After lunch, we worked to place the heavy structure onto the post and the Beast raised it. With the cables tightened, the structure was lowered again to put each blade on. Once completed, the Beast raised it again. It stood firmly above, better than before and it was a proud moment to say the least.
The highlight of the workshop this week was learning about the electrical and digital sides of the turbine. This included setting up a circuit that made use of the current generated from the turbine mounted on the roof of the workshop. I gained hands-on experience as I connected the components together and asked about their purpose, learning useful technical information.
Over the weekend, I mingled with the other volunteers – Sofia, Harris and Danny, and climatized to the area. We had a great time, as we relaxed at the beach, played pick up football with locals and shared a large gladiator pizza in the evening. All of us were prepared and excited for the upcoming working week.
In school, most students going into a medical profession will learn some "cardinal rules of medicine". These “rules” are there to help you when things get tough and also to make sure you can help patients as best you can. This week, one of these rules, Rule #2, was tested out as I helped deliver a set of twins to a sweet first time mother.
New adventures have always been one of my favorite things, especially when it involves traveling to a new country. Since starting PA school at MUSC 2 years ago, traveling and volunteering haven’t exactly been the easiest things to do. So when I found out that I could combine my love of traveling and volunteering with school, I jumped at the unique opportunity to go to Uganda.
Rosa picked out questions from a bag and everyone went around to answer them. The questions were along the lines of "what is your dream" "where were you 10 years ago" "if you could have anything what could it be". Once again, I was reminded by the similarities we all share and the inherent connection we have with people all around the world.
Half an hour into it, we did an activity where we wrote on pieces of paper our fears and worries. That was where I noticed a change in the mood. As the papers were put into a box and pulled out anonymously by Katie to be written down on the white board, you could feel that each fear was resonating with the other women in the room. Fears of raising children correctly, having enough healthy food for everyone, having time to do everything and other worries of mothers I know reminded me of how connected we all are.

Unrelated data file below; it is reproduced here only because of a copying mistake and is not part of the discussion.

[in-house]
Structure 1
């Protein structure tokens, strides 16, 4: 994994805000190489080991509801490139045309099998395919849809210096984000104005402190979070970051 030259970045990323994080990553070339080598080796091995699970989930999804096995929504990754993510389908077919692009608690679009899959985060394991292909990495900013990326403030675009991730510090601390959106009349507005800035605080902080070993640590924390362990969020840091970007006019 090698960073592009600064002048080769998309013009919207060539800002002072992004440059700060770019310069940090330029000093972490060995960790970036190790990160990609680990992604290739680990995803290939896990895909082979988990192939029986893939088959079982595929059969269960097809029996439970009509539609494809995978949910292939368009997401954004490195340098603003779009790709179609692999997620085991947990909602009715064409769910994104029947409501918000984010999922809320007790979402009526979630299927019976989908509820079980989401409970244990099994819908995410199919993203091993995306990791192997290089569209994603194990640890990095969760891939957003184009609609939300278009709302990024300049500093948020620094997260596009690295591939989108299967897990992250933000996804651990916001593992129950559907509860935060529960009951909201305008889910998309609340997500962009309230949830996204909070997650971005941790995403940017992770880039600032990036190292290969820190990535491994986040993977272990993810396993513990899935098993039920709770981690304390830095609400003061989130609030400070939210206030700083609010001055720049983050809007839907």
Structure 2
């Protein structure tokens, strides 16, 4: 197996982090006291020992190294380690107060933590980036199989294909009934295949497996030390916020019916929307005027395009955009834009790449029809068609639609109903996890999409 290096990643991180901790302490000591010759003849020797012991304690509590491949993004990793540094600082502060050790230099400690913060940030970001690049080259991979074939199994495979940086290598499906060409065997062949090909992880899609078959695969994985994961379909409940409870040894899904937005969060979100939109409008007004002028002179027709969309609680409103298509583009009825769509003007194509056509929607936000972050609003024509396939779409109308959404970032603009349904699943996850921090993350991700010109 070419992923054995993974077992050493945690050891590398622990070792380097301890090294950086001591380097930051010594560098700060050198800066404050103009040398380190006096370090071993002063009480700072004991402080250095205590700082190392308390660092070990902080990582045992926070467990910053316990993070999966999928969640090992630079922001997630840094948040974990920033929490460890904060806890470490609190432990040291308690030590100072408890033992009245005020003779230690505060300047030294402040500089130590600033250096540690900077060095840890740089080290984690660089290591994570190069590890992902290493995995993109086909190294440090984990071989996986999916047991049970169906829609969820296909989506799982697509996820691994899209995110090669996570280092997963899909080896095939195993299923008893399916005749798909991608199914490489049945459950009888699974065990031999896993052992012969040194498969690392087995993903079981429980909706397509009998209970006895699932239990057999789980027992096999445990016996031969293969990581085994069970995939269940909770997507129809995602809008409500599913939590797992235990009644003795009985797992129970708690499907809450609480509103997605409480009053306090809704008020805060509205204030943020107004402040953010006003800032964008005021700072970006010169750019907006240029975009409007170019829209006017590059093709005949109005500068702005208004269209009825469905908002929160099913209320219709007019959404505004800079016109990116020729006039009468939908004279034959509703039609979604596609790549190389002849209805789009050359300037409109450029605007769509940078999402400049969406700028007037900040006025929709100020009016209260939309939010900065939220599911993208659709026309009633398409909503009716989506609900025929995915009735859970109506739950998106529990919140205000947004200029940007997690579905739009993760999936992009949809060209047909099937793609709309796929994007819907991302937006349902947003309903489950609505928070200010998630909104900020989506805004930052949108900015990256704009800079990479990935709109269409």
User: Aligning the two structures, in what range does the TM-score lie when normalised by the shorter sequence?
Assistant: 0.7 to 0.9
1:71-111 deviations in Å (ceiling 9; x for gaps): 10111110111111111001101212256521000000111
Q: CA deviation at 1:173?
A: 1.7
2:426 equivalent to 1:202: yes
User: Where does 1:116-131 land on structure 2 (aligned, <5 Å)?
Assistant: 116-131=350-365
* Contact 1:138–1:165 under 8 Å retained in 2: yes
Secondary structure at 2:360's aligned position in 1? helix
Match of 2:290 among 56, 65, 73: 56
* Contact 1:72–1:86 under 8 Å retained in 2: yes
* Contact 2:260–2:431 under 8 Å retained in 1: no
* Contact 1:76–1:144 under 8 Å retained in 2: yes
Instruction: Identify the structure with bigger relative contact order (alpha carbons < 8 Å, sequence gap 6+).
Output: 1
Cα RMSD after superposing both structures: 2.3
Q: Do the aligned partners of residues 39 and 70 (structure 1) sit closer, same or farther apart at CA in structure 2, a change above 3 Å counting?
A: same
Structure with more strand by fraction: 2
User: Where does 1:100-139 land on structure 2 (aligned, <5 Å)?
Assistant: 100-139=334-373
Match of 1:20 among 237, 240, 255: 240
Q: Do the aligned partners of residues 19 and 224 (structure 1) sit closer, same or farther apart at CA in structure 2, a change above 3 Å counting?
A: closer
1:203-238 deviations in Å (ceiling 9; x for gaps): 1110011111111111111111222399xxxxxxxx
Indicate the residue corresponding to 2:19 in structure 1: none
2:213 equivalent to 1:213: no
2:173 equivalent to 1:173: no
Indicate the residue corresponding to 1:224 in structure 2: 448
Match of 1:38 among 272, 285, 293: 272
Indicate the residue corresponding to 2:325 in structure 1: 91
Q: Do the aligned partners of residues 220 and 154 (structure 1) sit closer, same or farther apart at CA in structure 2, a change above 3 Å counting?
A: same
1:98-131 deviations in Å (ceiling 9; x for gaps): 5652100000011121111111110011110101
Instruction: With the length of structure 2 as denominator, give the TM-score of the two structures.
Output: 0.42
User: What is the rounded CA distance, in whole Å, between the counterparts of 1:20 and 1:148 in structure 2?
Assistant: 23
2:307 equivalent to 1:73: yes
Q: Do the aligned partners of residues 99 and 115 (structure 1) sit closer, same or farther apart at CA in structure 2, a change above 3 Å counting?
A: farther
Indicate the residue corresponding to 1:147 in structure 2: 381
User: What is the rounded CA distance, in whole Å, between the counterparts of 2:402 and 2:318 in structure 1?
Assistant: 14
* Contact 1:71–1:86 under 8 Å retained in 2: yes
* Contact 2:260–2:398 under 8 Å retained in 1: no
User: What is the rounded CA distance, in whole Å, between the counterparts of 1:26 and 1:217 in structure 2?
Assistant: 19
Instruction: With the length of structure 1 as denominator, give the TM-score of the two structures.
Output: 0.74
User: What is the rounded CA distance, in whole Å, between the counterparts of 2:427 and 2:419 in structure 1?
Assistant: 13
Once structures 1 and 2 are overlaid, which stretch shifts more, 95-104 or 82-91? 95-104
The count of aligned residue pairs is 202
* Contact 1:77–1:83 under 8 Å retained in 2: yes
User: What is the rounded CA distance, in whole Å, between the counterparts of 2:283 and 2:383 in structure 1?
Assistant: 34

As I reflect on the past two weeks, I see personal growth. I see knowledge gained. I have only traveled internationally alone once before, and it was to China with a connection in Germany with a close friend waiting for me at the airport. The traveling adventures, to and from Peru, have forced me to act as an adult, fully responsible for myself. Nobody else was watching out for me.
Much of the material in the medicine class was interesting to me. Most notably, Dr. Neira reported that 34% of the children in the community the clinic serves have anemia. Contrary to popular belief, the problem in Peruvian families is not necessarily a lack of income, but a lack of wisdom on where to allocate their resources. Dr. Neira explained the difference between symptoms (described about a patient by a third party of by him or herself) and signs (a measurable result of illness). He then went through the process of a general examination with us, and taught us the main Spanish words to know when performing these. We then practiced general examinations on one another, and on one young girl from the community that had spent time with us during the class.